WASHINGTON: US President Donald Trump has said his administration will work to ensure America becomes a place where woman can work and thrive "like never before", as he praised his women colleagues, including Indian-Americans Nikki Haley and Seema Verma.
At a White House panel discussion on women empowerment, Trump said US ambassador to the United Nations Haley, 45, is a tough competitor and is doing her job "fantastically well".
The discussion was joined by Indian-American Seema Verma, who holds a key healthcare position in the administration, and First Lady Melania Trump made a rare appearance at the event.
"My Cabinet is full of really incredible women leaders. Administrator Linda McMahon, who has been a friend of mine for a long time. She's done an incredible job in business. Administrator Seema Verma, Secretary Betsy DeVos, and, of course, my good friend from South Carolina who is a very tough competitor - Nikki Haley," Trump said.
"My administration will work every day to ensure that our economy is a place where women can work, succeed, and thrive like never before. That includes fighting to make sure that all mothers and all families have access to affordable childcare," he said, adding "We want every daughter in America to grow up in a country where she can believe in herself, believe in her future, and follow her heart and realise her dreams."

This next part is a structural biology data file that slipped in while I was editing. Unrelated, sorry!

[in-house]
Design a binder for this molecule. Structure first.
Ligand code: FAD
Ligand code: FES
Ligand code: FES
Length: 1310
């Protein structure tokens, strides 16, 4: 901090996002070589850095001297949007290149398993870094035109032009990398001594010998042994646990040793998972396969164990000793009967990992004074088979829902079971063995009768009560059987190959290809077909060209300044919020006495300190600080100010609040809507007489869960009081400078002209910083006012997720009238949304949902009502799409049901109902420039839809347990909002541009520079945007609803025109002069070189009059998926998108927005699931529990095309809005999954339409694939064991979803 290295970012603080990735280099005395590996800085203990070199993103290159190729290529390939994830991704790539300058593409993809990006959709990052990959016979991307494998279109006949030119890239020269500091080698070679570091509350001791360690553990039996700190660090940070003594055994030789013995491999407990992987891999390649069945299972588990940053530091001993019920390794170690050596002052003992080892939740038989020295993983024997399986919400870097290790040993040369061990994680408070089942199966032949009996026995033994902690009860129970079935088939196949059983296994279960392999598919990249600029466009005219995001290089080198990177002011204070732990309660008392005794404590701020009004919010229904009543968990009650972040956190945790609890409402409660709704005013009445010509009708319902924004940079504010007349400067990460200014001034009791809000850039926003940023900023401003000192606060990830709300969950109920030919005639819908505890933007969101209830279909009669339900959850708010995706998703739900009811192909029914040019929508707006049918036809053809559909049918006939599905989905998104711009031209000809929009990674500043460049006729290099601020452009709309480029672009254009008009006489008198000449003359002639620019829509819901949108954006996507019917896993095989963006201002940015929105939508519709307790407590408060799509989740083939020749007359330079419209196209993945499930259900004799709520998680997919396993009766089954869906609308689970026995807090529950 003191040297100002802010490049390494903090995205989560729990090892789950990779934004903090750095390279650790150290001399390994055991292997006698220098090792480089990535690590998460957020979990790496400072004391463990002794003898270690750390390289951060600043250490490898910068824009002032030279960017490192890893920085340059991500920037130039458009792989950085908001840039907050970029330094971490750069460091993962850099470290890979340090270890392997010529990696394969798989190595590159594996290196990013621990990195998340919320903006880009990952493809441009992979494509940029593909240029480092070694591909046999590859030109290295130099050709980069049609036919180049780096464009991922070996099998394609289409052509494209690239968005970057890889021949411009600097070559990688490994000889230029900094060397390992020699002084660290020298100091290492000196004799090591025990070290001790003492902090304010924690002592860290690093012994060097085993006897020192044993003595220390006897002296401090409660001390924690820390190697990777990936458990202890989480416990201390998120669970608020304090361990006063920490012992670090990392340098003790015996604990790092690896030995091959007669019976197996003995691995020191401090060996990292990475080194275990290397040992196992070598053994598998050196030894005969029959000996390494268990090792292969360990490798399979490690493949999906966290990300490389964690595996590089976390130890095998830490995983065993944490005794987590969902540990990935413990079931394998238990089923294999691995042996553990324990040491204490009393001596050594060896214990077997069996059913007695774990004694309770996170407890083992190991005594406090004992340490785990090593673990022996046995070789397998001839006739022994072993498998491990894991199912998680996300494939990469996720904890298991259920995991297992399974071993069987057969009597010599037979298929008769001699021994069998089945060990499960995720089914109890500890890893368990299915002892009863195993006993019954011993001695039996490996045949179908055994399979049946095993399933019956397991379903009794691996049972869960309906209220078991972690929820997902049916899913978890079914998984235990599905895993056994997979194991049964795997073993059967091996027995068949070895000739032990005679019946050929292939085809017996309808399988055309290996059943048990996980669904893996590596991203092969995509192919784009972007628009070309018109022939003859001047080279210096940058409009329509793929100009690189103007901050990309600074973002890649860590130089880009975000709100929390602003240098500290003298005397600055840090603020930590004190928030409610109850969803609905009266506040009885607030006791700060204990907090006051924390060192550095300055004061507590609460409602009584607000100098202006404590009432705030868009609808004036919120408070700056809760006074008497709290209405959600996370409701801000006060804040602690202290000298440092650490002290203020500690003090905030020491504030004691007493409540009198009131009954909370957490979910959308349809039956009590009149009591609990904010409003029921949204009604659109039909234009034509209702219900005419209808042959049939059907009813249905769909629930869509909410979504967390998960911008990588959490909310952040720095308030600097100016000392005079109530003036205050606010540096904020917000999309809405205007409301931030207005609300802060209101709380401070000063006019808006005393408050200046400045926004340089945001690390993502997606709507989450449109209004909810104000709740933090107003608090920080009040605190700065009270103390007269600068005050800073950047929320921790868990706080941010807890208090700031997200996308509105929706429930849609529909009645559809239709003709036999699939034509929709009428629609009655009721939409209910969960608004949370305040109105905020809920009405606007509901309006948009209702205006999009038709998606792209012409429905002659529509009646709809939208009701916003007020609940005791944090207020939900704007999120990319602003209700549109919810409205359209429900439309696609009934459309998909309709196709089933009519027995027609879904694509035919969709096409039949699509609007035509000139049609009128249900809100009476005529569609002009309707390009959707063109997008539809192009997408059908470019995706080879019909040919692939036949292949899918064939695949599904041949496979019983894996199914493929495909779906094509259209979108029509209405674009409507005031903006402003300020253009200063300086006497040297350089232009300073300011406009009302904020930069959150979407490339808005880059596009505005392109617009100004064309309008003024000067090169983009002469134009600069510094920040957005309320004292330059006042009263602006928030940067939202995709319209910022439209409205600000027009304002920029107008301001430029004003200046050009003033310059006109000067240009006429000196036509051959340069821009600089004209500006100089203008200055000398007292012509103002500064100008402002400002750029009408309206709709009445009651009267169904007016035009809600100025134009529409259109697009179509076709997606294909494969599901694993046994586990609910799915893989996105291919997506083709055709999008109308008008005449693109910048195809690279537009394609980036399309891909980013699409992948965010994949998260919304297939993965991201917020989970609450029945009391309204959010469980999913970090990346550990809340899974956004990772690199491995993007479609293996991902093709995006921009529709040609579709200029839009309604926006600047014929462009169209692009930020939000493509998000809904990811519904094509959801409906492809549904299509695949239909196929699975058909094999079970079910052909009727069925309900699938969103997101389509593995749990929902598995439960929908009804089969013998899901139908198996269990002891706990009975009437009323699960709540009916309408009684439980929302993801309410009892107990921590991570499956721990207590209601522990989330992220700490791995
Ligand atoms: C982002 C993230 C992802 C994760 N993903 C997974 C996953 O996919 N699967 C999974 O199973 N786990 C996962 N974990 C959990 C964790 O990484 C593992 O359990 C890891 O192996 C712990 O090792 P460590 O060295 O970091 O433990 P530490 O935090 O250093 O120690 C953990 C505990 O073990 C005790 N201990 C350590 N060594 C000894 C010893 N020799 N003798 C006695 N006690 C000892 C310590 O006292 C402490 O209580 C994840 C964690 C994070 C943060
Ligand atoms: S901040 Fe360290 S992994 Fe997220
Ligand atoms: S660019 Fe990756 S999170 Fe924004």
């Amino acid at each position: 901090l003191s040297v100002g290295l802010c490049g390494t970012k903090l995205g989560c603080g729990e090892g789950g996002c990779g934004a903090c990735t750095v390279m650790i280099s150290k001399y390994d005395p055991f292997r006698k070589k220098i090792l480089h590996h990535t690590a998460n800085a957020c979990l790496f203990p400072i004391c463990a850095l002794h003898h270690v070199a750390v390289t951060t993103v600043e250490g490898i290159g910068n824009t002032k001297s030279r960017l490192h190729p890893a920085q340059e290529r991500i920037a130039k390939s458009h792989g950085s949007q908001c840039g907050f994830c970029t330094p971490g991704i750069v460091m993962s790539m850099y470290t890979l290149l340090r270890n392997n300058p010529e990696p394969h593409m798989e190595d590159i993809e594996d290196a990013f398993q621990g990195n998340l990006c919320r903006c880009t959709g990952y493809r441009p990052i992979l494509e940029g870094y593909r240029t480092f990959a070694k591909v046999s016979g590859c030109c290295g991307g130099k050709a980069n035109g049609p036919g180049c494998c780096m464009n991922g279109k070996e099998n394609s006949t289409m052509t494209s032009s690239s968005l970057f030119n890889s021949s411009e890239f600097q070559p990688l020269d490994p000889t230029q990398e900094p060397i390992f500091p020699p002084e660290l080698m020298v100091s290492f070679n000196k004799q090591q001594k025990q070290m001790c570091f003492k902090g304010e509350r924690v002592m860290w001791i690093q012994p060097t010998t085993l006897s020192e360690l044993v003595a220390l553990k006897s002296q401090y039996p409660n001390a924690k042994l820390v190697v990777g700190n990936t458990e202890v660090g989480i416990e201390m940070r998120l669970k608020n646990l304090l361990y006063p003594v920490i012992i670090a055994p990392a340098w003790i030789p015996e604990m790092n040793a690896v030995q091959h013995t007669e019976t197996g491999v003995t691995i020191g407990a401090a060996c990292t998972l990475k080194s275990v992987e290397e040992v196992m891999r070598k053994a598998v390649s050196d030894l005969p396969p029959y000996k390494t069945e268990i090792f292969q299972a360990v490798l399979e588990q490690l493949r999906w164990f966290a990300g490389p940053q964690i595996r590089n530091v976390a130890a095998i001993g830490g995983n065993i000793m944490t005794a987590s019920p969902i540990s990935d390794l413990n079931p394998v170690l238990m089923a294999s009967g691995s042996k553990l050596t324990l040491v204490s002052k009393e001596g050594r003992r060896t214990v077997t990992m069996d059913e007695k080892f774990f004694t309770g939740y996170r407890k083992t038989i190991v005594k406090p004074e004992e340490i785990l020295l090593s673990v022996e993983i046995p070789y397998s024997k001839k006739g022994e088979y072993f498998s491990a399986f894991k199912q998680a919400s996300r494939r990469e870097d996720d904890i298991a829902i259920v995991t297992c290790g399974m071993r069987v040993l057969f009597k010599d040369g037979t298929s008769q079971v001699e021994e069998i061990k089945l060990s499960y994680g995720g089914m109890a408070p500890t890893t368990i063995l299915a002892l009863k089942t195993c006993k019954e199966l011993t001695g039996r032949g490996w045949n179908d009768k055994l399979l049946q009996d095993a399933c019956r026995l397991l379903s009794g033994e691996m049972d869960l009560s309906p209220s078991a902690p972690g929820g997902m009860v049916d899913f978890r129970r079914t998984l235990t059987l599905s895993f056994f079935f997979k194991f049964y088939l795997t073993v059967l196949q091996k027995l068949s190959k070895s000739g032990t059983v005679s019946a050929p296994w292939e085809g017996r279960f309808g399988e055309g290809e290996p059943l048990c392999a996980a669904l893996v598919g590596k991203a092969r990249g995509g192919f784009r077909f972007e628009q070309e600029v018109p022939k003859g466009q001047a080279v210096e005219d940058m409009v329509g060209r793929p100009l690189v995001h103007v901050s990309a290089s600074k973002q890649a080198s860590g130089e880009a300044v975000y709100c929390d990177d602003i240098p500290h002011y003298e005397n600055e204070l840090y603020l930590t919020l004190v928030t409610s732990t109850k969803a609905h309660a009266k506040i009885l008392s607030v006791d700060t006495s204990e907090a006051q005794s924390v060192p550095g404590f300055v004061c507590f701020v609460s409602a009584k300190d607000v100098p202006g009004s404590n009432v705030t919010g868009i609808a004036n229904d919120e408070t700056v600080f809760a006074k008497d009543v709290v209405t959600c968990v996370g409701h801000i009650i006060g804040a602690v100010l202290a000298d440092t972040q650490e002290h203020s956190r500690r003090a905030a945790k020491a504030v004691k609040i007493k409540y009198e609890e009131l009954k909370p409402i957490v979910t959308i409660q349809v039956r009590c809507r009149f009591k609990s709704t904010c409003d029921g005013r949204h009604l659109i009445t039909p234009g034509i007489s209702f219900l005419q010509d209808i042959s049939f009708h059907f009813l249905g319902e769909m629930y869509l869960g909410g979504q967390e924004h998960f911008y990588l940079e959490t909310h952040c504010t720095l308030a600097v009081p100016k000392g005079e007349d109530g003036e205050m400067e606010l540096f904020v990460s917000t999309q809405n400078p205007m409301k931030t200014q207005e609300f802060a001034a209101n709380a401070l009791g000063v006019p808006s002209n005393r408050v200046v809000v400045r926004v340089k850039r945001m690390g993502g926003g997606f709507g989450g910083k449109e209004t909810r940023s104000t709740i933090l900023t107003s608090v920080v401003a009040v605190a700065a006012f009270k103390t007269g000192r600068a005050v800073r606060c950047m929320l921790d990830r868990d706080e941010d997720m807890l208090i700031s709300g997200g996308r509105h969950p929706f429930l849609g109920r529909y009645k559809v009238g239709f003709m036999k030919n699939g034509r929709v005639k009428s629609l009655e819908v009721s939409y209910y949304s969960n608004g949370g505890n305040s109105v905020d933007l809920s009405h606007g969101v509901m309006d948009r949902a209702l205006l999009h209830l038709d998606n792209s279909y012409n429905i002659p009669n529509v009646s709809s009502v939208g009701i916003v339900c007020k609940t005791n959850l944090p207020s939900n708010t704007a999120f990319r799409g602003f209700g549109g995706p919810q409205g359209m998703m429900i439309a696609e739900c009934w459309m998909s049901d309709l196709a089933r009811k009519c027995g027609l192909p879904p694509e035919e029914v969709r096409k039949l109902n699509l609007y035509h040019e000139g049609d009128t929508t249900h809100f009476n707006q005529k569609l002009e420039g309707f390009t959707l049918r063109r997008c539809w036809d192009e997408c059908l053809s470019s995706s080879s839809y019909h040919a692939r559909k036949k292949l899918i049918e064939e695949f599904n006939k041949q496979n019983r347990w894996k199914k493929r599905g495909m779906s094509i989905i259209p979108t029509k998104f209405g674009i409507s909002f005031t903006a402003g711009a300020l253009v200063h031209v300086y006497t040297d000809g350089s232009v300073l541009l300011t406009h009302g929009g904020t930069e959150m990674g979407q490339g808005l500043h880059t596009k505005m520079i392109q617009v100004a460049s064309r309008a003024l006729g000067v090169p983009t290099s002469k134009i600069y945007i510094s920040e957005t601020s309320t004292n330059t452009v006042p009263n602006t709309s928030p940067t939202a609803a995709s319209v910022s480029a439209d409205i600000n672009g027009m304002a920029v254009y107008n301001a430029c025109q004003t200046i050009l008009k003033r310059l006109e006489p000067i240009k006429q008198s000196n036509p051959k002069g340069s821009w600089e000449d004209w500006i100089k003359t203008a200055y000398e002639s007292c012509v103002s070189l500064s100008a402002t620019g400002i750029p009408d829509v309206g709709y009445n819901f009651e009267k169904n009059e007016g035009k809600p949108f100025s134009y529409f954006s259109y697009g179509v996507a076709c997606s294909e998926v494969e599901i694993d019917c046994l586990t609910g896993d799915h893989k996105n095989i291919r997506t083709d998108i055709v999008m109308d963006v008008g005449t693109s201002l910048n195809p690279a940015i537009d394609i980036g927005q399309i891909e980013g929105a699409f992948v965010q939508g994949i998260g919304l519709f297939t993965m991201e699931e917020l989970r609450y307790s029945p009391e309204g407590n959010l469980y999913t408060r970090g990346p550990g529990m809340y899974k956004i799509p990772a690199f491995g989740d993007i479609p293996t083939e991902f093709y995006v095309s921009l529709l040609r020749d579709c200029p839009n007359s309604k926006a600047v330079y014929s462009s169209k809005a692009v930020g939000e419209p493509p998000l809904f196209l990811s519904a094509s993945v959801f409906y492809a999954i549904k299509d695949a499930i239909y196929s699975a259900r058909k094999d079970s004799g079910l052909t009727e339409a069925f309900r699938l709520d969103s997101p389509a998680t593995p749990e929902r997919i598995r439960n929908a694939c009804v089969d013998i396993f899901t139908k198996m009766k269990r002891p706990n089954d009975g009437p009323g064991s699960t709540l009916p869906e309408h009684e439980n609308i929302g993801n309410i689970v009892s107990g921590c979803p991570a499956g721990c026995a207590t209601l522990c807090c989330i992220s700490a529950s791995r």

US Vice President Mike Pence described Haley as "cool" and said she is a favourite of one of his two daughters.
"We are so honoured to have you in this administration," Pence said.
He also praised Verma - the new administrator for the Centers for Medicaid & Medicare Services. "The truth is, American women are making a difference in our administration, in our economy, and in our communities every single day."
White House Press Secretary Sean Spicer told reporters that the Trump administration is "committed to empowering women in the workplace."
Trump had made women empowerment a priority throughout his presidential campaign, when he spoke on affordable childcare and paid family leave, investing in women's health, and the barriers faced by female entrepreneurs and business owners, Spicer claimed